The calming of the UK property market, after the rush to complete purchases before the June 30 stamp duty deadline, makes now an ideal time to take stock of how the London market is performing compared to the rest of the country.
Looking at a selection of the most recent trackers of UK property prices, the indications are that the record price growth of the last few months is beginning to slow. Although both the Halifax and Nationwide House Price Indices for August record new record highs for UK house prices, the rate of increase is down. According to the Nationwide, annual house price growth rose in August to 11.0%, but that was only 0.5% up from the July figure of 10.5%.
The Halifax HPI puts the annual rate of house price inflation in August at 7.0%, down from 7.6% in July. The Zoopla UK House Price Index for July also shows a small fall in annual house price growth, down from 6.3% in June to 6% in July. Finally, the most recent government ONS UK House Price Index shows that house prices rose by 8% in the year to July 2021, down nearly 5% from the June figure of 13.1%.
However, the rate of growth in London property prices is still lagging behind the rest of the country. According to the ONS figures, London continues to record the smallest annual growth of 2.2% in July, down from 5.1% in July. The Halifax report puts London prices up just 1.3% in the year to August, which is the smallest increase seen in the last 18 months. They also report that London is the only region in the UK to have seen a fall in prices over the last three months, although this was only by 0.3%. The Zoopla figures for the capital are a little more optimistic recording an increase of 2.3%.
Outside London, the lack of housing stock for sale continues to be a factor driving price growth. Zoopla calculate that housing stock is down by 26% compared to this time last year and attribute this to a variety of factors including unusually high rates of market activity, an increase in first-time buyers due to lower interest rates for high LTV mortgages and finally an 11% reduction in the number of new homes built in the year to March 2021 because of the effect of lockdown on the construction industry. The resulting imbalance between supply and demand means that UK homes are selling in an average time of just 26 days, compared to 42 back in 2016.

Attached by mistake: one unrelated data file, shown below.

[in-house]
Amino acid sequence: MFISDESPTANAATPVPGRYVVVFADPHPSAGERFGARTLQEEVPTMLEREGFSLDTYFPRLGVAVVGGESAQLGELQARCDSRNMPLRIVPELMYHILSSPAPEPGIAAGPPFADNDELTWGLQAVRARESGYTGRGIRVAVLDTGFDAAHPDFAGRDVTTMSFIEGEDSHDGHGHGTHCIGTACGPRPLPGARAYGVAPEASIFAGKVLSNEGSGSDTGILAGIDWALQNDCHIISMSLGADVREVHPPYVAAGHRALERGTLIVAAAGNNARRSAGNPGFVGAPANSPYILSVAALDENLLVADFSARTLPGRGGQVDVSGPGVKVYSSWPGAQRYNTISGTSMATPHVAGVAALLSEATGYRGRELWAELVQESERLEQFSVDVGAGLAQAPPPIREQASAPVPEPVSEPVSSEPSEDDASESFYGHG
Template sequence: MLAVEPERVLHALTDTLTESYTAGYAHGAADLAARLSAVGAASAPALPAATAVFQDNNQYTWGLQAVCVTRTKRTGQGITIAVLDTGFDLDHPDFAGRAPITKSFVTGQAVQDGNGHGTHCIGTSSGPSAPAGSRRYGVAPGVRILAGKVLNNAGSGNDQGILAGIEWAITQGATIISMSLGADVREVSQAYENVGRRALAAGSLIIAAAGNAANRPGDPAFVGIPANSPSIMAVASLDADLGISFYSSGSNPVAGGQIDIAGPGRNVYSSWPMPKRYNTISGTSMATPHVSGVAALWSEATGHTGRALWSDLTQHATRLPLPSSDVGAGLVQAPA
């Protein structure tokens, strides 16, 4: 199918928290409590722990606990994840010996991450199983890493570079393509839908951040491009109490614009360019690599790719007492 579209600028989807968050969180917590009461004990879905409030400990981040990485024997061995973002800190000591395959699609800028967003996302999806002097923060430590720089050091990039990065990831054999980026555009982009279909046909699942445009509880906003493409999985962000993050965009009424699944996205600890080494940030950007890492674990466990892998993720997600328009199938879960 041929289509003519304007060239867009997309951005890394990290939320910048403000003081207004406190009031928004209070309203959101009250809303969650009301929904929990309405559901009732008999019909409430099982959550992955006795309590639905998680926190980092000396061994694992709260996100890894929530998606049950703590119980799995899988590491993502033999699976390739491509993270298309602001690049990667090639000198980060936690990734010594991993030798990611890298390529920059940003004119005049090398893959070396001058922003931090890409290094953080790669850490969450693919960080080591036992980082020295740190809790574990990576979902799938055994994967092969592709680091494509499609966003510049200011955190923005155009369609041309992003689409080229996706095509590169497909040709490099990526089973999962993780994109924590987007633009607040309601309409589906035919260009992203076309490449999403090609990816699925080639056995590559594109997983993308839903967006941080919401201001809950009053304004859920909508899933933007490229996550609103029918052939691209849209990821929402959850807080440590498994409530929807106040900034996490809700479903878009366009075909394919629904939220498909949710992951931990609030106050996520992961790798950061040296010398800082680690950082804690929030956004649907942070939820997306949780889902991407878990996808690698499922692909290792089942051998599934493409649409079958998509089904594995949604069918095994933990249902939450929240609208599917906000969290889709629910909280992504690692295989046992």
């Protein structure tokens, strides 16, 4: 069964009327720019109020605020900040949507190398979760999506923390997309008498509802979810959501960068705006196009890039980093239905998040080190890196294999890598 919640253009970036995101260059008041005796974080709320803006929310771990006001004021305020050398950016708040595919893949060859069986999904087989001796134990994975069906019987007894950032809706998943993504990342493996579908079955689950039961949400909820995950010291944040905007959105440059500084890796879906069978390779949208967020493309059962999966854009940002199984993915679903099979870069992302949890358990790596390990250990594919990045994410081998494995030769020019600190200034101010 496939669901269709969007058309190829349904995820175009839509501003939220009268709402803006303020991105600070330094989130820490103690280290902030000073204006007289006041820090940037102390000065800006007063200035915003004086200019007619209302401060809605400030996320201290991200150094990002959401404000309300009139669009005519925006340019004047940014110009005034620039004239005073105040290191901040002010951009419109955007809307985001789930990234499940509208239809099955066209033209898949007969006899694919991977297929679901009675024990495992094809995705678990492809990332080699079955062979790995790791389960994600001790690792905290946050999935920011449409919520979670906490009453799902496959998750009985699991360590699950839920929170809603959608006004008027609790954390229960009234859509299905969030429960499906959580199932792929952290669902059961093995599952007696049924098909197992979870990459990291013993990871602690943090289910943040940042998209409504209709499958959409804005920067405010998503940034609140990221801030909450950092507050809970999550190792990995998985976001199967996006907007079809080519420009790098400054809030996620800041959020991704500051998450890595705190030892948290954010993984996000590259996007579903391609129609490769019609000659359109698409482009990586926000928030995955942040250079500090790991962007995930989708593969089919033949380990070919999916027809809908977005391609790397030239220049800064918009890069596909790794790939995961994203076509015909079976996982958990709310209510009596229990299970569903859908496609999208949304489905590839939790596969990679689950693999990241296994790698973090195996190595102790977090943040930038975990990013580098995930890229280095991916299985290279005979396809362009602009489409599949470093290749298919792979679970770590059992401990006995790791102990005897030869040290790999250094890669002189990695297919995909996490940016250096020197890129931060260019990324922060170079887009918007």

In London, however, properties take significantly longer to sell, which reflects the better supply of homes. Flats are in ready supply and remain the hardest type of property type to sell, taking on average 124 days, according to figures released by Home. co.uk. Semi-detached and terraced homes are quicker to sell, but these still need 82 days on the market, nearly a month longer than this time last year. Detached homes are the only property type in London selling more quickly this autumn than last.
Turning to the rental market, Zoopla report a significant return of demand in the UK’s cities as the economy reopens and students look for accommodation ahead of the autumn term. Annual rental growth outside of London stood at 5% at the end of July, which is the largest increase since the Zoola index began thirteen years. Zoopla report that, with demand up 19%, but supply down 13% in the year to August, the existing supply demand imbalance in rental property is accelerating.
In the rental market, London is bucking the national trend once again. The capital remains the only area in the UK with negative rental annual price growth, with Zoopla recording an annual decline of 3.8% across the whole of the Greater London area. However, this compares with a fall of 9.8% in the year to February and Zoopla feel confident that the decrease in rental prices has now bottomed out. Indeed, rents in the inner London boroughs rose by 2.3% in the three months to July, indicating that Central London is starting to experience the same increase in demand seen in other city centres.
“In the rental market, London is bucking the national trend once again. The capital remains the only area in the UK with negative rental annual price growth, with Zoopla recording an annual decline of 3.8% across the whole of the Greater London area.”